I know quite a lot of people who would rather buy some hardware that is sure to work flawlessly with open source OSes ; I have the feeling that it very well may be the same in the near future for OSHW itself: those things would be easier to upgrade, repair, interoperate, … and these are huge advantages IMO.
    Two other things I really liked in Lady Ada talk (a must see) on the subject :
    - OSHW helps building a community
    - OSHW helps people making better designs and learn
    Well, this comment doesn’t really help on the topic of the current draft, but I guess it is important to think about how and why one would even get into OSHW.
    Anyway, I’m really eager to see what OSHW will evolve to, and I want to be a part of it :)

  • However, I think some of the claimed benefits of OSHW are exaggerated (e.g. OldFar-SeeingArt’s “if you create a cool widget, you are more likely in todays market to be successful with the open approach rather than the ‘try to hide’ everything approach”).
    OSHW certainly isn’t for everyone - some products “may” do better with an open approach, but doing OSHW doesn’t mean your product will be a success, just like doing closed hardware doesn’t mean it will be a success either.
    DIY drones is a good example, they are open and their competitors and closed, i would say a case could be made that DIY drones is doing better and will ultimately move more units than their closed competitors. DIY drones has a loyal community, people are part of the products - they support them and support DIY drones.
    again, please post these great thoughts and comments in the OSHW forums and mailing lists, thanks :)

  • Nate: I would be interested to hear more of your thoughts on just how open hardware can be while still maintaining a viable business model. I’ve always appreciated SparkFun’s level of openness–e.g., offering schematics for most parts. However, my intuition tells me there’s a big difference between that and offering complete Gerber files, and perhaps that’s why SparkFun has not yet taken this step.
    This article does a great job of discussing the OSHW side of things. As someone who’s trying to build a business around a new product, I would be very interested to hear a more balanced discussion of SparkFun’s business model.

    • (Posted on OHS as well: http://www.openhardwaresummit.org/forum/viewtopic.php?f=5&t=78)
      I am happy to be as transparent as possible about the SparkFun business model. I want to point out that we don’t publish gerbers as they are not editable and not really that valuable. We do post the editable Eagle design files which in my opinion are upstream of the gerbers and more valuable.
      What we design here, what we build here, is nothing magical. Anyone with a few months of free time can learn how to read a datasheet, layout a PCB, and solder it together. If they felt so inclined, they could easily setup a webshop and sell extremely similar products to SparkFun.
      Take for example an accelerometer breakout. Many companies now offer these breakout type products. Whether they based their product on our eagle files or not, doesn’t matter. The design is straight forward enough they probably did designed it on their own. So in this example, OSHW doesn’t make a difference to the commercial competitors. We open the breakout board designs because we figure people can learn from it, modify the design for their specific application, etc.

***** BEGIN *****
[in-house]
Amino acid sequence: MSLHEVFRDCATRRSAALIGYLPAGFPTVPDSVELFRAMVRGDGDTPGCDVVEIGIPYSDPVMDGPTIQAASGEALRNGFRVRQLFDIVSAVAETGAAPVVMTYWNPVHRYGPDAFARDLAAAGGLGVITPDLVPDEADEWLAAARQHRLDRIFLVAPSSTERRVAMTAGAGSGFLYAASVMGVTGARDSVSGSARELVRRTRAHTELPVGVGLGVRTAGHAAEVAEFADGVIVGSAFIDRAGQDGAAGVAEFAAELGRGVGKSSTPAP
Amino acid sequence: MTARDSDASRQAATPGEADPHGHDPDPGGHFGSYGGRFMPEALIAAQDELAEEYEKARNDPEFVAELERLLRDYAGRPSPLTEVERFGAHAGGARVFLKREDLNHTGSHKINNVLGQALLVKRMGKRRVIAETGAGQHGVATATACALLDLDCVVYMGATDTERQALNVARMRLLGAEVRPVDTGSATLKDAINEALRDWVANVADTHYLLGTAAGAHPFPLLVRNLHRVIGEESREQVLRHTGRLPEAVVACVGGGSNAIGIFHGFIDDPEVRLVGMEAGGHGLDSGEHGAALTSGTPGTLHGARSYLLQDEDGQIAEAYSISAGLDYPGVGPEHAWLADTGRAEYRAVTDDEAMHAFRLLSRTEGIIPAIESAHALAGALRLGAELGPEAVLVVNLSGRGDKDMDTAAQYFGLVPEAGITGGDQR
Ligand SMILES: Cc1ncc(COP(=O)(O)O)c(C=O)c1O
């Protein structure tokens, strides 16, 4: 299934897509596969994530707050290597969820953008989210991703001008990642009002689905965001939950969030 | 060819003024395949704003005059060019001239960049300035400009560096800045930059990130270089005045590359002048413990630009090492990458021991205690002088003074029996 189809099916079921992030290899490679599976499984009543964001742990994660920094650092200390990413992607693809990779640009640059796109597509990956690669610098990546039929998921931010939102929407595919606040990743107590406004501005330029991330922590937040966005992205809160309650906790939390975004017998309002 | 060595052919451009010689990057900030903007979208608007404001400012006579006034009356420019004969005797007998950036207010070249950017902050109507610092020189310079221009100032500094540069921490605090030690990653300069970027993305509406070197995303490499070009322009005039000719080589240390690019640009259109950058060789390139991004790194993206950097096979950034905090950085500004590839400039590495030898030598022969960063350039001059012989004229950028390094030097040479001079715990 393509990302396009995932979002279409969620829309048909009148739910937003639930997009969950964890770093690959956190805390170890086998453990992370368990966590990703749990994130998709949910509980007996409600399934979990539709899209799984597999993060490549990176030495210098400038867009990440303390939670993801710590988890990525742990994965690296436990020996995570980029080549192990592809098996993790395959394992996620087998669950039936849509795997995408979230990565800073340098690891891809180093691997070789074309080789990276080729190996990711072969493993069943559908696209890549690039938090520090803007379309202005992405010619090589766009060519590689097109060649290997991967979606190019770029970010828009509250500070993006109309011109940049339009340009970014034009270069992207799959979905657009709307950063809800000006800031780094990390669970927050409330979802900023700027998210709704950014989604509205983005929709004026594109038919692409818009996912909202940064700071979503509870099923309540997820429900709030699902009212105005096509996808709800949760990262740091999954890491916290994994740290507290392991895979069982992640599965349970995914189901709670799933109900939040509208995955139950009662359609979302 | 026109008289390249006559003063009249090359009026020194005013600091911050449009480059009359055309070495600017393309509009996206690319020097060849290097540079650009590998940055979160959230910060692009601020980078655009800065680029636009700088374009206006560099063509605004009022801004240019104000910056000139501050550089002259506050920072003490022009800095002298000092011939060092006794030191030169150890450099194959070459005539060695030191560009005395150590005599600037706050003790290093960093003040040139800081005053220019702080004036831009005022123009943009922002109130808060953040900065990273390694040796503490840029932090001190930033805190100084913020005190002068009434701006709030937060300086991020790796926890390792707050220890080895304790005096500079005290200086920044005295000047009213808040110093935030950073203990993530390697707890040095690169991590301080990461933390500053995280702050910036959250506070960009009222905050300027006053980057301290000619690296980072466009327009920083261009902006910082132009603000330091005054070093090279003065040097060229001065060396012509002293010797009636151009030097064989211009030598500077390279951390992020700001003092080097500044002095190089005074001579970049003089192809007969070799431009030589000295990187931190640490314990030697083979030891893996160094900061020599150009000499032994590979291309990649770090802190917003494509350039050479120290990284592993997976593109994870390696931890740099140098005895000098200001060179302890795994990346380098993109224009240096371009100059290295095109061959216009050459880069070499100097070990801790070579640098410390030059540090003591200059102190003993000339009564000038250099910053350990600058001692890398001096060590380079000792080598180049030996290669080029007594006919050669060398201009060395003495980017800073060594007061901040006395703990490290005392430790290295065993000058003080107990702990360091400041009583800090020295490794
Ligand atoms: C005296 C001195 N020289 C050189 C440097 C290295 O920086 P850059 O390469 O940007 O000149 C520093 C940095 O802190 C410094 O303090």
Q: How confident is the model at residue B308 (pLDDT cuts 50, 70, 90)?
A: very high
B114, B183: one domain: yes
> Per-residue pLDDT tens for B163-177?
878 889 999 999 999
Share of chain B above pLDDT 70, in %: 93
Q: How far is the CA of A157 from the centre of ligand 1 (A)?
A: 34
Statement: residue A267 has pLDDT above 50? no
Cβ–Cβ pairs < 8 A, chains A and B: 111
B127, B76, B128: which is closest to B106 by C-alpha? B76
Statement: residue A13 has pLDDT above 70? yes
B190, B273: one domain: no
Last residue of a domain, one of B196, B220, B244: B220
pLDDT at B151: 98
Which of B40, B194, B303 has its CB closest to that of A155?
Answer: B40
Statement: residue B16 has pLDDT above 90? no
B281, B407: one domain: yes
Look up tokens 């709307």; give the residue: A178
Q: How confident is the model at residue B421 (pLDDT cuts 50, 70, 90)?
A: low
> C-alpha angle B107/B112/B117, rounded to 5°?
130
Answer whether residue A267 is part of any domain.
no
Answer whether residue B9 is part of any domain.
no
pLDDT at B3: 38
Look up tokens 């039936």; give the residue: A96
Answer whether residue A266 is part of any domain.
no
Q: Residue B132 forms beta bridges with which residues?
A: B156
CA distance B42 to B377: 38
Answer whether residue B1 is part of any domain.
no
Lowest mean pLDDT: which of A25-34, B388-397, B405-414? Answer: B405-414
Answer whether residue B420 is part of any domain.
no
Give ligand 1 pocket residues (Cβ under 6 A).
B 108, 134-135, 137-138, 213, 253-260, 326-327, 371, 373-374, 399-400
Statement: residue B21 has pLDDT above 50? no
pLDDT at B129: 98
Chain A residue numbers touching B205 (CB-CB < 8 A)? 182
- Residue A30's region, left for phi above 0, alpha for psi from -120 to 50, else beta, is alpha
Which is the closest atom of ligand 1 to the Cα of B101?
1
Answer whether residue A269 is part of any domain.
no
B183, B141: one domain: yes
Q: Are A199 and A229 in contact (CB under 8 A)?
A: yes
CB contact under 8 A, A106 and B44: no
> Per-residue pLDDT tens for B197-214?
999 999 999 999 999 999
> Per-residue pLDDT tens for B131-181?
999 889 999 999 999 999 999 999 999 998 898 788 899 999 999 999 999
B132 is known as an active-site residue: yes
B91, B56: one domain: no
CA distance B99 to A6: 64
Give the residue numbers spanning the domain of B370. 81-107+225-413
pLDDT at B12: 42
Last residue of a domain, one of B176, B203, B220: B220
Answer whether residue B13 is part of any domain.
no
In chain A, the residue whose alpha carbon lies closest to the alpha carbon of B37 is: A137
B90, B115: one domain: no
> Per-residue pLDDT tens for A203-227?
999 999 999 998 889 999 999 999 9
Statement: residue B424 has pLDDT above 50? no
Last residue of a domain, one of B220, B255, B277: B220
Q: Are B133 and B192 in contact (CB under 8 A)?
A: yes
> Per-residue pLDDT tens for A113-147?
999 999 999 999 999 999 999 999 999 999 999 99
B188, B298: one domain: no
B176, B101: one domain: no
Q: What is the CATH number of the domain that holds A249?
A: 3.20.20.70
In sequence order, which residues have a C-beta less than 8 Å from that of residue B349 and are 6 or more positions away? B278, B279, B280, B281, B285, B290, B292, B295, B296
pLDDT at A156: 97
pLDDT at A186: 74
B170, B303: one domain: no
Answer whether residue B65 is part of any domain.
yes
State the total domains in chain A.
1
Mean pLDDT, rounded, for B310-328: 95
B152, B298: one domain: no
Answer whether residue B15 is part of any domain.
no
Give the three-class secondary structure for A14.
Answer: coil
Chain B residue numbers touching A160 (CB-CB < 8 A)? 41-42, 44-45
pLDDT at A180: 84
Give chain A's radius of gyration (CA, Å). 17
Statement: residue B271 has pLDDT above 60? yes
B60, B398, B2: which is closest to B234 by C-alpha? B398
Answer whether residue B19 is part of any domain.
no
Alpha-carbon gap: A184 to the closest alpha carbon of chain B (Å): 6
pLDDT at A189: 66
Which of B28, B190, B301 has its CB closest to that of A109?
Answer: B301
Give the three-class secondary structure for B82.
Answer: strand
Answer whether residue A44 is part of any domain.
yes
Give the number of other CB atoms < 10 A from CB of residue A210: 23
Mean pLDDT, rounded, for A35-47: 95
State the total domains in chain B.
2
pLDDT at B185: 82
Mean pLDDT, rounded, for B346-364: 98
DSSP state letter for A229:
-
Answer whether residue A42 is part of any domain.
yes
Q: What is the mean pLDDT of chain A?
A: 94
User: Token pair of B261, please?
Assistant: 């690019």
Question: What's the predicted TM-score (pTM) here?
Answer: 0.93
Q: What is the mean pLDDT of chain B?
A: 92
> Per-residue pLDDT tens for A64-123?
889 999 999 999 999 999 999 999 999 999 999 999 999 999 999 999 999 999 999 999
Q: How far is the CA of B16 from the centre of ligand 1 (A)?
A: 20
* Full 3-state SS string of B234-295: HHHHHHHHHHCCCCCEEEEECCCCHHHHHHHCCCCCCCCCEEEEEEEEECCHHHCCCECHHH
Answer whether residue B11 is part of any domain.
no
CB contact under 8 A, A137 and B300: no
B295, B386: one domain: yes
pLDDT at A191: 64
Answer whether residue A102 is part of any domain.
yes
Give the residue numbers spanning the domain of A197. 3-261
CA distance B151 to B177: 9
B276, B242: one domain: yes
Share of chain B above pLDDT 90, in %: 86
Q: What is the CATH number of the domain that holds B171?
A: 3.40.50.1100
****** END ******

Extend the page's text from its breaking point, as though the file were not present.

Now take for example the Arduino Fio. Slightly more complex, more time consuming to replicate. The design files are CC-SA licensed, and competitors can come in and replicate all they want. We could potentially lose sales to a competitor that can build the board for cheaper, be out of stock less, or provide more support. Is this bad for the end consumer? Nope. Bad for SparkFun? I would argue emphatically and definitively no. If someone can do a better job of soldering caps to a board, then they win the sale. This competition keeps us on our toes, keeps us sharp, and keeps us innovating as fast as we humanly can. By sharing the design files via OSHW SparkFun is stronger and more agile.
      Why doesn’t SparkFun sell more types of components like capacitors and resistors? We would then be competing with Digikey. Can we “out Digikey” Digikey? No. And I would simply exhaust resources trying. If someone can “out SparkFun” us, then we must change. Presently, I believe we are doing “SparkFun” better than anyone else can.
      In summary, by defining open source hardware we can point and say “here’s what I expect”. Defining OSHW is important to me so that we can share ideas more easily. Only good things can come from more knowledge, more competition, and more innovation.
      -Nathan

      • Thanks for the well thought out response.
        You’re absolutely right that Eagle files are better than Gerbers. When I had a quick look through SparkFun’s site to check for source files, I looked only only at a couple of products I’m familiar with–the WiTilt and KinetaMap–which don’t seem to offer Eagle files. Looking at a few more products, like the 6 DOF IMU and innumerable breakout boards, I am genuinely impressed to see that they do include Eagle files.